“Just as ‘believers’ are a dime a dozen in the church, so are ‘activists’ in social justice circles nowadays. But lovers are hard to come by. And I think that’s what our world is desperately in need of—lovers, people who are building deep, genuine relationships with fellow strugglers along the way, and who actually know the faces of the people behind the issues they are concerned about. We are trying to raise up an army not simply of street activists but of lovers—a community of people who have fallen desperately in love with God and with suffering people, and who allow those relationships to disturb and transform them.” (p. 281). Is yours a community of “lovers?”
“‘These are extreme times,’ Dr King said. The question is not whether we will be extremists, but what kind of extremists we will be. Will we be extremists for hate or for love?‘ The world has seen Christian extremists who will blow up abortion clinics and dance on the doctor’s graves. We have seen Christian extremists who hold up signs that say, ‘God hates fags.’ The world has seen Christian extremists who declare war in the name of the Lamb. But where are the Christian extremists for love and grace?” (p. 259). Have you known some extremists for love and grace?
“I’m convinced that the world is looking not for Christians who are perfect but for Christians who are honest. And the problem is that we haven’t been honest, and we have pretended that we are perfect. The church should be a place where imperfect people can fall in love with a perfect God.” (p. 237). In what ways can the church be more honest?
“Sometimes people ask me if I am scared, living in the inner city. I usually reply, ‘I’m more scared of the suburbs.’ The Scriptures say that we should not fear those things which can destroy the body, but we are to fear that which can destroy the soul (Matt. 10:28). While the ghettos may have their share of violence and crime, the suburbs are the home of more subtle demonic forces—numbness, complacency, comfort—and it is these that can eat away at our souls.” (p. 217). Claiborne goes on to talk about God who is not at all safe, but who is good. What is dangerous about the gospel stories? What are some dangerous gospel stories you know of from your own life?
“A gospel that is not political is no gospel at all. The root of the word allegiance means ‘Lord’; that’s exactly what the early Christians where executed for, for pledging an allegiance to another kingdom, another Lord—treason. In 2004, as the presidential election rolled around, many of us studied the Scriptures and considered what it means to claim Jesus as Lord, or as President.” (p 182). What are our competing allegiances?
“It is much more comfortable to depersonalize the poor so we don’t feel responsible for the catastrophic human failure that results in someone sleeping on the street while people have spare bedrooms in their homes. We can volunteer in a special program or distribute excess food and clothing through organizations and never have to open up our homes, our beds, our dinner tables.”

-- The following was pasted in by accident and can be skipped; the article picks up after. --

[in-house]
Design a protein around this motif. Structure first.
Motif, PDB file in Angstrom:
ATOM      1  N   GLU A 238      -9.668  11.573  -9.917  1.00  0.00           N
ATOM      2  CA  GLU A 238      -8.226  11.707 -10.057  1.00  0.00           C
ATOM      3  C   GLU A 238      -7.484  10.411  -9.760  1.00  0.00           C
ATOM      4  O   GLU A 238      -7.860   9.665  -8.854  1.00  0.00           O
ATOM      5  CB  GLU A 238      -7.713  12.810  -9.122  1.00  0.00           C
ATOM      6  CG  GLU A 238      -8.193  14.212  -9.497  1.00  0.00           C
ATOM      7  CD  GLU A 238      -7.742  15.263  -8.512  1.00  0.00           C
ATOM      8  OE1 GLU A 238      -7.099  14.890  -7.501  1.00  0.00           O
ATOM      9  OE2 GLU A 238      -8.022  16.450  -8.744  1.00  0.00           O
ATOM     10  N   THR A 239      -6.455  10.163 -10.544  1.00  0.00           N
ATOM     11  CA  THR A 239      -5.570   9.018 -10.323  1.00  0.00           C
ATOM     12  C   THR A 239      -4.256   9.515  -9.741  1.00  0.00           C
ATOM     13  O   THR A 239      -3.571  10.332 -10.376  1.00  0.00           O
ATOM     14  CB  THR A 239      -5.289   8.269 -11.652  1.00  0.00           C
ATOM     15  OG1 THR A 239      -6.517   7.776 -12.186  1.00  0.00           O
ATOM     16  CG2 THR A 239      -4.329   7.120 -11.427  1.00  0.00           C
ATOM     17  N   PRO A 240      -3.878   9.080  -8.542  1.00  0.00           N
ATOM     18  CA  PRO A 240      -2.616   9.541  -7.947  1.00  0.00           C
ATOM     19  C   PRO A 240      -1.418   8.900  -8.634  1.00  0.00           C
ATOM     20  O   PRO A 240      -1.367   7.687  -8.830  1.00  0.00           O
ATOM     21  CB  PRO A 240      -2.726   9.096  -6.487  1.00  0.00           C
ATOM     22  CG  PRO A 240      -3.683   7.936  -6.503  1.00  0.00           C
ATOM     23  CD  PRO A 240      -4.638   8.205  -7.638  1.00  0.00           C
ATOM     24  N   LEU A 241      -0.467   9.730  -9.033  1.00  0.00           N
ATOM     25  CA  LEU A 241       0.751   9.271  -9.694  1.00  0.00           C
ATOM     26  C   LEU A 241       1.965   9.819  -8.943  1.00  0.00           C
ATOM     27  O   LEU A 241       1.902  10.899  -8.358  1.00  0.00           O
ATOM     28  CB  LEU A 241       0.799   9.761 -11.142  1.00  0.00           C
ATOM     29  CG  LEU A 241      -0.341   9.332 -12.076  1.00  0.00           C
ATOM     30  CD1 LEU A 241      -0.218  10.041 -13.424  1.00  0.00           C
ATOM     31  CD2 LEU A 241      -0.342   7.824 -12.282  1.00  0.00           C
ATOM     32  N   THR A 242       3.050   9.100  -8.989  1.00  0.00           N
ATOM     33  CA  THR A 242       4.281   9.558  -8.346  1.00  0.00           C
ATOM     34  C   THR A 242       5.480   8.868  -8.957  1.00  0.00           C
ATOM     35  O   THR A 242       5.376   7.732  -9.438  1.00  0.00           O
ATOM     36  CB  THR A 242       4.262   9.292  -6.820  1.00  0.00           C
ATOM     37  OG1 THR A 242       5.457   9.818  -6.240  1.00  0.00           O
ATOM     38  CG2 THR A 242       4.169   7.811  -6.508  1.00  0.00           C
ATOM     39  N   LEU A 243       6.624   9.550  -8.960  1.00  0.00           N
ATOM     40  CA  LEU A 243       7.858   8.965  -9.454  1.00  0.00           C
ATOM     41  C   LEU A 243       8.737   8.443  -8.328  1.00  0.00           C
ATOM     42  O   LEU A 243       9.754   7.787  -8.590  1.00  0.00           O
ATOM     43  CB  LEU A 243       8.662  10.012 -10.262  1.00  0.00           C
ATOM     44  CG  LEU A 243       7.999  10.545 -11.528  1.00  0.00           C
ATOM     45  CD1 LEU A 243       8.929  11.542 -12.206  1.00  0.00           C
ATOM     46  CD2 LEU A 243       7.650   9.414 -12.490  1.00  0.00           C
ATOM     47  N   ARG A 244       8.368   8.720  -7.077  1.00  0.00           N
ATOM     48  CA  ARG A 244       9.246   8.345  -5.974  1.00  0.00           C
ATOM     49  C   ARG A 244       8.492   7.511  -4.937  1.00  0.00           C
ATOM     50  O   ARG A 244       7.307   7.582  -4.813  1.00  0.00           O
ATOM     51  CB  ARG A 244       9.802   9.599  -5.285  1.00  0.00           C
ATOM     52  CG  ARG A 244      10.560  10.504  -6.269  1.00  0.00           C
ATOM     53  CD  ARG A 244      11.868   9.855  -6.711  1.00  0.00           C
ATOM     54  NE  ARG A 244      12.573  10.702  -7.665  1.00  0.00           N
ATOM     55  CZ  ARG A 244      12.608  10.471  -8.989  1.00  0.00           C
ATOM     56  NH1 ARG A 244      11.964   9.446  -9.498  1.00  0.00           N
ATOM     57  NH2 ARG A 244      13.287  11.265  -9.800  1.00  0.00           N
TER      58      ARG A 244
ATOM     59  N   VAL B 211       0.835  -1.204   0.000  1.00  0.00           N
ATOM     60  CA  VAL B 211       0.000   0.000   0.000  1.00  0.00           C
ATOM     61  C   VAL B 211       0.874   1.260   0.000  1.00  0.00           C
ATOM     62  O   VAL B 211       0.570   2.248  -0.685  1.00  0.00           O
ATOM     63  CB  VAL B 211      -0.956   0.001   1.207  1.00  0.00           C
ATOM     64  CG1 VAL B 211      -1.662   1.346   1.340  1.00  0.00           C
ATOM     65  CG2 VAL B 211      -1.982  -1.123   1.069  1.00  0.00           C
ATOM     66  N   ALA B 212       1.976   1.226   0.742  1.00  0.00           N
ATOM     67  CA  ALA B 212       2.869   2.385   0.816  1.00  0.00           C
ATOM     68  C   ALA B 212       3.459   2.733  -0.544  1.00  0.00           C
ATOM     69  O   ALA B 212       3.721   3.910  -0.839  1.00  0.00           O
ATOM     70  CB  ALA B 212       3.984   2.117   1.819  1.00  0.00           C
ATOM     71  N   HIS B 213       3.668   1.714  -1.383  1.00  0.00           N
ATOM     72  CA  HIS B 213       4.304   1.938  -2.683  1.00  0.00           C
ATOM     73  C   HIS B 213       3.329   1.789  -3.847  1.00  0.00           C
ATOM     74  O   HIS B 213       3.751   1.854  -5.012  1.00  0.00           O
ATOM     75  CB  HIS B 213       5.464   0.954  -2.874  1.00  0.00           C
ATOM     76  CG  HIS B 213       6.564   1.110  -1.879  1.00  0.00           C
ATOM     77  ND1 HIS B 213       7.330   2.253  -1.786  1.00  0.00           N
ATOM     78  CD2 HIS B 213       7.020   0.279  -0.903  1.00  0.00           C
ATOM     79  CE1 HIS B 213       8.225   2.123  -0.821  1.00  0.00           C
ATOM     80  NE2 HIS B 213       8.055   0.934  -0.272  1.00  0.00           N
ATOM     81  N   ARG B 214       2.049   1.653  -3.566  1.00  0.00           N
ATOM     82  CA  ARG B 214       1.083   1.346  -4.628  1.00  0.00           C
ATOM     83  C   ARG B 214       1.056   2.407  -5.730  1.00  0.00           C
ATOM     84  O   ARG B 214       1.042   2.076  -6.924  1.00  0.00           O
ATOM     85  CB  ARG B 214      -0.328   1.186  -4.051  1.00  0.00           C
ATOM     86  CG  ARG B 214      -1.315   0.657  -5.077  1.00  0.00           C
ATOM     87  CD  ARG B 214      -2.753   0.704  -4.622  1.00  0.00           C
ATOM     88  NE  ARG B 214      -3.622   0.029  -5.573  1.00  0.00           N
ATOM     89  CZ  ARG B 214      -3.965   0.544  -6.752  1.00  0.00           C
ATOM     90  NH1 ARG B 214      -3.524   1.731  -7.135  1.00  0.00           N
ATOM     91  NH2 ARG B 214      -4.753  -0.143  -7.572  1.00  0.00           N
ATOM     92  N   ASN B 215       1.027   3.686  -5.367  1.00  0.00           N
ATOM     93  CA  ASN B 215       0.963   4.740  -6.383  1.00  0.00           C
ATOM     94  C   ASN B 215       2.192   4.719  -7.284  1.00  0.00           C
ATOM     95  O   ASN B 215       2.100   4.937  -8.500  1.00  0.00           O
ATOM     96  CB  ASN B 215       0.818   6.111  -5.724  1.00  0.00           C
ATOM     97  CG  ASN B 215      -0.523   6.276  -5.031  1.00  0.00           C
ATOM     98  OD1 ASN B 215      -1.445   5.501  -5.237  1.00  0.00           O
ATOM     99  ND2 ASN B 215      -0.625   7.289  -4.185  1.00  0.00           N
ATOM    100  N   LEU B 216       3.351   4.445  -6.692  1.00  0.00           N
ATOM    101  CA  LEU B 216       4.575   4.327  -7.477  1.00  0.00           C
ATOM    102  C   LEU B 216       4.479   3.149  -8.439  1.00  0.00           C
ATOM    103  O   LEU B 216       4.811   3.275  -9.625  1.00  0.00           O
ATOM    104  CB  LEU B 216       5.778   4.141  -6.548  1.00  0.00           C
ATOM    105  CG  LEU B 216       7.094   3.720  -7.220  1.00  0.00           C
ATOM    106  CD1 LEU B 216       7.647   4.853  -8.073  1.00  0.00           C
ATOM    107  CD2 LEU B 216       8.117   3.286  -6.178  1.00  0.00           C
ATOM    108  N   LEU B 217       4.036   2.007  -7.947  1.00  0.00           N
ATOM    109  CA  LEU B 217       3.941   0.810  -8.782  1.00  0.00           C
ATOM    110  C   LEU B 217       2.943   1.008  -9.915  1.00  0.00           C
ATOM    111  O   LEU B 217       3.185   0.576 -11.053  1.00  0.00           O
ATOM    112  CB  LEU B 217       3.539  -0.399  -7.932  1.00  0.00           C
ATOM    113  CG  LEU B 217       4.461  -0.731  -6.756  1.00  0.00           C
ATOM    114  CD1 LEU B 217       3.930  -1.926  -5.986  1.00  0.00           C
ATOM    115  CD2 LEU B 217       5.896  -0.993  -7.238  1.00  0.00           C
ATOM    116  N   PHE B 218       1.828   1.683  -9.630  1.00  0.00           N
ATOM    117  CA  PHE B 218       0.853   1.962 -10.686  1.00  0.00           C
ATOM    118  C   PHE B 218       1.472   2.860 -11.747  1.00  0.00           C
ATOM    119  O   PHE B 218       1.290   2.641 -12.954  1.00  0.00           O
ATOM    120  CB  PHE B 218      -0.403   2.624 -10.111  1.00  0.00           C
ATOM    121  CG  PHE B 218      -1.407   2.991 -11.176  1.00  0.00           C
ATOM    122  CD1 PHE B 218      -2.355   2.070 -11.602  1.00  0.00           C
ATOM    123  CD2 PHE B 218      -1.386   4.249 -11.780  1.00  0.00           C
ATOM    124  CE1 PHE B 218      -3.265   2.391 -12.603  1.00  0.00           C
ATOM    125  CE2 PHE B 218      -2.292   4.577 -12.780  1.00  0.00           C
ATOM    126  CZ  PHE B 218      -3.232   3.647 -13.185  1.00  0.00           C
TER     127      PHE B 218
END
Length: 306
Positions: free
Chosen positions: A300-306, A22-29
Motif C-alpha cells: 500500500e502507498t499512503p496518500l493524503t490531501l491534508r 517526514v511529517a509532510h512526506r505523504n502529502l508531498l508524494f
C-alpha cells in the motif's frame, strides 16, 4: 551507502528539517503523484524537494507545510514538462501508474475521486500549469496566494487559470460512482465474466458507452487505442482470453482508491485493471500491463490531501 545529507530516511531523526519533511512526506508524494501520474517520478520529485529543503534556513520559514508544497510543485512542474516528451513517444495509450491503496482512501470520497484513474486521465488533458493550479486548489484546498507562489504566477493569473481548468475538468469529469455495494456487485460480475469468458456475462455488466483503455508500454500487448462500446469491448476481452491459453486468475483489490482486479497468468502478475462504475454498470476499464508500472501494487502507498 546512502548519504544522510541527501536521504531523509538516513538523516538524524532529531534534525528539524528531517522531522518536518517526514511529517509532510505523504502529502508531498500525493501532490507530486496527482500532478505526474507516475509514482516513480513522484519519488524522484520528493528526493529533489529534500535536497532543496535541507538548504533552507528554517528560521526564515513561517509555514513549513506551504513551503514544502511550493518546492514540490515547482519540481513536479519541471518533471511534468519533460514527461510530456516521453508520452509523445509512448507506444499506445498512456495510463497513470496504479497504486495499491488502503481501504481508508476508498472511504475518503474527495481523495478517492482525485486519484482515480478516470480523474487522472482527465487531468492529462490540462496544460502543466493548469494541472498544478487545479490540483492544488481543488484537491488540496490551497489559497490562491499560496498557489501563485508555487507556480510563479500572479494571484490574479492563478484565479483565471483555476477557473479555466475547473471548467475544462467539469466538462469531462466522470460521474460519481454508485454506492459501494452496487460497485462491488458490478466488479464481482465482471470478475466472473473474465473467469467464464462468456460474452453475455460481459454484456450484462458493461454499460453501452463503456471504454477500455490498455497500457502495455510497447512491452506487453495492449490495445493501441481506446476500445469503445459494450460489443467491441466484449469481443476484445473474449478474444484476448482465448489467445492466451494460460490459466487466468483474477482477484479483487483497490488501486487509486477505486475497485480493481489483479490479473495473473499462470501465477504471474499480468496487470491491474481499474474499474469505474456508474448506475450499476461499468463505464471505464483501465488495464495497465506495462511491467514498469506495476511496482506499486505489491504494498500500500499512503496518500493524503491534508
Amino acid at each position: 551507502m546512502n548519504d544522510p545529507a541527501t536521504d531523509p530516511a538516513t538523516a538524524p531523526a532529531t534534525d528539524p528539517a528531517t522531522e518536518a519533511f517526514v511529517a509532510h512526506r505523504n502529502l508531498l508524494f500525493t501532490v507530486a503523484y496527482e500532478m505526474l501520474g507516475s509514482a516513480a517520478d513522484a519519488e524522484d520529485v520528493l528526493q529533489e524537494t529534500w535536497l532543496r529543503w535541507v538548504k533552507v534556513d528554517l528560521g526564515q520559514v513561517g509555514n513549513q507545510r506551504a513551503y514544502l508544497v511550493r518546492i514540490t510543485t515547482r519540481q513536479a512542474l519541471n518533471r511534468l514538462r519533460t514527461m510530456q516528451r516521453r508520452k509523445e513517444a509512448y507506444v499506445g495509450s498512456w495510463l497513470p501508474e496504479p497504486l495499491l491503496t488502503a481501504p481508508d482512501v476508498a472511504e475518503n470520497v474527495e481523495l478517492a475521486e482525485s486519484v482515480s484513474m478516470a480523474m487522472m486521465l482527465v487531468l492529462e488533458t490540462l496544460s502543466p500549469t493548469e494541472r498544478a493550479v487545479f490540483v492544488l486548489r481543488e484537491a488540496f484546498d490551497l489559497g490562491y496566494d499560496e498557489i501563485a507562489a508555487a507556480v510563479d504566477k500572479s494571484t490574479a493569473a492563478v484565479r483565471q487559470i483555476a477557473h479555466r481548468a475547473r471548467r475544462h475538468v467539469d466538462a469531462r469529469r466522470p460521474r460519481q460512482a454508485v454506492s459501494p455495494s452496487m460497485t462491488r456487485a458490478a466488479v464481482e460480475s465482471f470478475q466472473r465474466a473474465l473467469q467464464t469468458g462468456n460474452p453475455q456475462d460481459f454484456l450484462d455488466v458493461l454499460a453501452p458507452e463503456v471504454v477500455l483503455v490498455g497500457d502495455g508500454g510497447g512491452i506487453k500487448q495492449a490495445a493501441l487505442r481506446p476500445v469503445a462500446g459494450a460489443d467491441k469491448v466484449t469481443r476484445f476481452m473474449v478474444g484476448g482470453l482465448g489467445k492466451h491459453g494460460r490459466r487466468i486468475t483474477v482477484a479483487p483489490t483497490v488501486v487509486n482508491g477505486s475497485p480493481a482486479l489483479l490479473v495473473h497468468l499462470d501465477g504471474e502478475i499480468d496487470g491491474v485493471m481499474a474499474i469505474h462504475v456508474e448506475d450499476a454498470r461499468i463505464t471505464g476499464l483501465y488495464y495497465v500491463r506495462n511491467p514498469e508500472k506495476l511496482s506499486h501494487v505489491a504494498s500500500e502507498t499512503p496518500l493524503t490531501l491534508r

“Think about how many of the gospel stories happen because of interruptions and surprises. Jesus is `on his way’ somewhere and someone pulls on his shirt, invites him to their house, runs out of wine at their wedding. With our obsession with time, routine, predictability, and schedules, we miss out on things if we don’t make space for interruptions. Many great things have been born here over the past twenty years because we allowed for interruptions—from St. Ed’s to five minutes ago when I chose to answer the door. Constantly we have to remind ourselves that interruption may not be distractions; they may be divine appointments.” (p 106). How do you make space for interruptions?
“The temptation we face is to compromise the cost of discipleship, and in the process, the Christian identity can get lost. We don’t want folks to walk away. We’re driven by a sincere longing for others to know God’s love and grace and to experience Christian community. And yet we can end up merely cheapening the very thing we want folks to experience.” (p.92) How has your church wrestled with being sensitive to seekers?
“As Mother Teresa would say (telling the old story about throwing starfish back into the ocean even through they continue to line the beach in thousands). ’We are called not to be successful but to be faithful.’ That sounds good, but it was the beginning of my years of struggling with the tension between efficiency and faithfulness.” (p 69) How do we measure our ministries? By how successful they are or how faithful?
Join fellow Episcopalians across the state in a Summer book reading of Shane Claiborne’s, The Irresistible Revolution: Living as an Ordinary Radical. Shane will be with us at Diocesan Convention this fall as our keynote speaker. Shane is a prominent speaker, activist, and best-selling author. Shane worked with Mother Teresa in Calcutta, and founded The Simple Way in Philadelphia. He heads up Red Letter Christians, a movement of folks who are committed to living "as if Jesus meant the things he said." Shane is a champion for grace which has led him to jail advocating for the homeless, and to places like Iraq and Afghanistan to stand against war. Now grace fuels his passion to end the death penalty and help stop gun violence.